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From: bos...@VANGOGH.CS.BERKELEY.EDU (Keith Bostic)
Newsgroups: comp.bugs.4bsd.ucb-fixes
Subject: V1.99 (Dump/Restore Update)
Message-ID: <199212221830.AA13520@vangogh.CS.Berkeley.EDU>
Date: 22 Dec 92 18:30:30 GMT
Sender: dae...@ucbvax.BERKELEY.EDU
Distribution: world
Organization: University of California at Berkeley
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Approved: ucb-fi...@okeeffe.berkeley.edu

Subject: Dump/Restore Update
Index: sbin/{dump,restore} 4.4BSD-alpha

Description:
	A new version of dump and restore is now available which fixes
	several major bugs:

	In some instances, the NET/2 dump would fail to include unchanged
	intermediate directories making it difficult to extract files on
	the tape. For example, if /usr/src/sbin/dump/dump.h changed, but
	sbin had not changed, sbin might not be on the tape. The result
	would be that files and directories below sbin, though on the
	tape, could not be restored.

	Restore now fully supports POSIX 1003.2 glob'ing. This has been
	done by replacing the adhoc glob code in restore with use of the
	glob(3) function in the C library.  Note that the C-library glob
	function needed some minor (backward compatible) modifications to
	support restore.  Thus, the modified glob.{c,h,3} is included in
	this distribution. It can either replace the glob in your existing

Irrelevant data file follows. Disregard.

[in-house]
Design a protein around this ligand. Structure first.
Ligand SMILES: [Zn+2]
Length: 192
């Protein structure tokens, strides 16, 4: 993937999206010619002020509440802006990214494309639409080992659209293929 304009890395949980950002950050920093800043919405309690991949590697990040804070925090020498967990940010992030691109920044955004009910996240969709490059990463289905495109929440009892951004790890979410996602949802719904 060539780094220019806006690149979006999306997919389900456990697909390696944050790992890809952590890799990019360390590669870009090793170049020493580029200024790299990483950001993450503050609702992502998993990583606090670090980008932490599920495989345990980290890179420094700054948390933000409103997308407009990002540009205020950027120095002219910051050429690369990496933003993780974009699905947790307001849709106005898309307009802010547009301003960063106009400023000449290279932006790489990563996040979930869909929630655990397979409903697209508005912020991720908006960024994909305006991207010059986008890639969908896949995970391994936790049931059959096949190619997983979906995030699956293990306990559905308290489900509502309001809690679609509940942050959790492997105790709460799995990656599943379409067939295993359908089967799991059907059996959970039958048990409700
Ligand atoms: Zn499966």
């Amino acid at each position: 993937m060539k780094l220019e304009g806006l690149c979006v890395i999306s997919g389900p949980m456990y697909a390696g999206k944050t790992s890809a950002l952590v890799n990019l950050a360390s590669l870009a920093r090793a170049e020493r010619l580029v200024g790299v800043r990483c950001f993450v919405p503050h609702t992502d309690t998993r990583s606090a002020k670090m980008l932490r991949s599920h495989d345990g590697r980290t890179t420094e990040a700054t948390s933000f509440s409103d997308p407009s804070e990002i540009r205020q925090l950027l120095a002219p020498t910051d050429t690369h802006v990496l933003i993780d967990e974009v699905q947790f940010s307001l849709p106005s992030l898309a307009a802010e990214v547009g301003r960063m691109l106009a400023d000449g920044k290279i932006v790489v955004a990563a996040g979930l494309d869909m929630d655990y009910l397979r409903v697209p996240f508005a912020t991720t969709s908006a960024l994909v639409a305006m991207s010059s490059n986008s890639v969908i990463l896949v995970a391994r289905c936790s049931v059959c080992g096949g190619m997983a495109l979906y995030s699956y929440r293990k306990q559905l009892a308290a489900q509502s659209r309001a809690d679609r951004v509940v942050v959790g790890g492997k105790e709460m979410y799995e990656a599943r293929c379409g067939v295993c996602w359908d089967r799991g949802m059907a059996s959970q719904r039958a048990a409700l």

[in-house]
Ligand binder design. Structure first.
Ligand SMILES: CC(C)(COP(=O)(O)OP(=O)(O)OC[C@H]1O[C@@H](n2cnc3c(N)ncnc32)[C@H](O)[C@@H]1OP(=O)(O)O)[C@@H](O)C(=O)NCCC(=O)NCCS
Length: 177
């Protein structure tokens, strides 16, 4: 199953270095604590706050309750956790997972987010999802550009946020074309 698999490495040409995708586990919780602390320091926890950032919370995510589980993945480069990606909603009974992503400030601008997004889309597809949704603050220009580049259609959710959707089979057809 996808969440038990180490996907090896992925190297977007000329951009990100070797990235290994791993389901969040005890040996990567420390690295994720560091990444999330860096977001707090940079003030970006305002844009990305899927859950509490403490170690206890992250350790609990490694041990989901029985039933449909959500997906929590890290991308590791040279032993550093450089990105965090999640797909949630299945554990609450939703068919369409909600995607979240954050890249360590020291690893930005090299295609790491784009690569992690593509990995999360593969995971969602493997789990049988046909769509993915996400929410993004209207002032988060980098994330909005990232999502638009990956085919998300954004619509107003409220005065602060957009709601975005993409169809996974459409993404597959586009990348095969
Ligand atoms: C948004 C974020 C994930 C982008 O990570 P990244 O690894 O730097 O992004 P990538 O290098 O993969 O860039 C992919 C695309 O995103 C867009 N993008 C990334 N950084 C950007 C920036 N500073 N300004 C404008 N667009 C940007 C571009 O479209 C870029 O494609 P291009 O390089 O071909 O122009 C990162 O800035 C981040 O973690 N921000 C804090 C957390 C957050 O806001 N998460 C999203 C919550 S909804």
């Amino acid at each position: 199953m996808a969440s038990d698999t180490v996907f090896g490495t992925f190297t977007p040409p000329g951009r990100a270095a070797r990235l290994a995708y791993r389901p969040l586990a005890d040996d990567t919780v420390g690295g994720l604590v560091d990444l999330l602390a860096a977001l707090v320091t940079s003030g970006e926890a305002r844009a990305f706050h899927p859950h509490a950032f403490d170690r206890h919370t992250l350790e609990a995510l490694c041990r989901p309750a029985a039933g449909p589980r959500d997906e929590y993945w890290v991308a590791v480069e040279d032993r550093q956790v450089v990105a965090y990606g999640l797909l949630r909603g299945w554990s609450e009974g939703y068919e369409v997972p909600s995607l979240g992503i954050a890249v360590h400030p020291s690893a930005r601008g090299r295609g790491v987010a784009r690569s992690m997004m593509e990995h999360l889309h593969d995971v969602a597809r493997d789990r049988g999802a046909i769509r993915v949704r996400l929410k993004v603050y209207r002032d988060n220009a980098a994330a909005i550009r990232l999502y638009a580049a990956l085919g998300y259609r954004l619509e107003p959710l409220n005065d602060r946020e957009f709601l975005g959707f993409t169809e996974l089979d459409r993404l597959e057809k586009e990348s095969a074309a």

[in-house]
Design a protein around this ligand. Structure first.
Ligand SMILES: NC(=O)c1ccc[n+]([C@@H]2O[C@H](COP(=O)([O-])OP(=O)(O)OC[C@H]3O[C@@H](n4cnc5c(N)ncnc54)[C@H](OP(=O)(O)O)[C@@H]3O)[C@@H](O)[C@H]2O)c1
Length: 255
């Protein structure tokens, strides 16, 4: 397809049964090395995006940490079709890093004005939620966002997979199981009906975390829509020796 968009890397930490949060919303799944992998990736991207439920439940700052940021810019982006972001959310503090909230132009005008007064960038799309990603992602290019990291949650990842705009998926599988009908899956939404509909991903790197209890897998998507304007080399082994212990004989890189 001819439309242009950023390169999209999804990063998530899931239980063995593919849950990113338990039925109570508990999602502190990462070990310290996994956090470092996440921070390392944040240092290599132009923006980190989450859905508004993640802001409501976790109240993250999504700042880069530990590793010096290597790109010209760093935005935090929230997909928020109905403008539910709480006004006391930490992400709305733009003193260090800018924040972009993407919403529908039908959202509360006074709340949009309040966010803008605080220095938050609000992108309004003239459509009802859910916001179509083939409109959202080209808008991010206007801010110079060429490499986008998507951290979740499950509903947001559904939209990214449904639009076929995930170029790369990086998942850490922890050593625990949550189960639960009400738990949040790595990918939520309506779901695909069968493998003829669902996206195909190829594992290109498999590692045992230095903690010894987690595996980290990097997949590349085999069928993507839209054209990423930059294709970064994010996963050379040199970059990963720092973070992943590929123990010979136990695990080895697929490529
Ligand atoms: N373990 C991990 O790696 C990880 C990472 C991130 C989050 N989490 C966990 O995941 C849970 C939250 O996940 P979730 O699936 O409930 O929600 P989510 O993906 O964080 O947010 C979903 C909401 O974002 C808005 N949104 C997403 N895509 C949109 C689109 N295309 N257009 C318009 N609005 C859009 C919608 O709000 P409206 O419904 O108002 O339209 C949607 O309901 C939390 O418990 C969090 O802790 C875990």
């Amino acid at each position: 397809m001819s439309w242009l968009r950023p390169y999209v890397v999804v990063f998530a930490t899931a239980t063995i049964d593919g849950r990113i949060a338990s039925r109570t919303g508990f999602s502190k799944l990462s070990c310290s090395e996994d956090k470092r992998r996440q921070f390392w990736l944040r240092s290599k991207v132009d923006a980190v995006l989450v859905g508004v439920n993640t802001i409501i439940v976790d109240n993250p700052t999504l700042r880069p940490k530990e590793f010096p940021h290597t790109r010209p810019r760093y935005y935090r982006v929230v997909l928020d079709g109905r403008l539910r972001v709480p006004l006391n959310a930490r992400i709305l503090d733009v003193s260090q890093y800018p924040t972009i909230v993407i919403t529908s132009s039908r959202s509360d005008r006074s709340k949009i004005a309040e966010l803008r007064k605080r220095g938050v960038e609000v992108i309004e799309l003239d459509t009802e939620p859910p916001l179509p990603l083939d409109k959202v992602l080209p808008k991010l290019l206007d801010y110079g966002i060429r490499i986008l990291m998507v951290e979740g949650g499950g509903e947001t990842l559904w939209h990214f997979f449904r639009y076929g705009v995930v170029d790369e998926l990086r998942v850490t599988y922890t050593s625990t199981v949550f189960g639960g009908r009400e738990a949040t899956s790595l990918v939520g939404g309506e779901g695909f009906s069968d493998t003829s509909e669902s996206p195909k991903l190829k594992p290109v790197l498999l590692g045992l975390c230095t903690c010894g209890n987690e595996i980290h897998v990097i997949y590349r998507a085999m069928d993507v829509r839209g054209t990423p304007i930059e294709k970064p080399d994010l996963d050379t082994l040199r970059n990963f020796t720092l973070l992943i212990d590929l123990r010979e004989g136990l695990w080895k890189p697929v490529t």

C library, or be compiled separately in the restore directory.

	Backward compatible changes have been made to dump and restore to
	support the added features in the 4.4BSD filesystems (including
	32-bit uid/gid, 64-bit file sizes, and file types in directories).

        Kirk McKusick

Fix:
	Copies of the new dump/restore package are available by anonymous
	ftp from ftp.cs.berkeley.edu:ucb/4bsd/dump.restore.tar.Z, or from
	okeeffe.cs.berkeley.edu:pub/dump.restore.tar.Z.

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		       SCO Files Lawsuit Against IBM

March 7, 2003 - The SCO Group filed legal action against IBM in the State 
Court of Utah for trade secrets misappropriation, tortious interference, 
unfair competition and breach of contract. The complaint alleges that IBM 
made concentrated efforts to improperly destroy the economic value of 
UNIX, particularly UNIX on Intel, to benefit IBM's Linux services 
business. See SCO v IBM.

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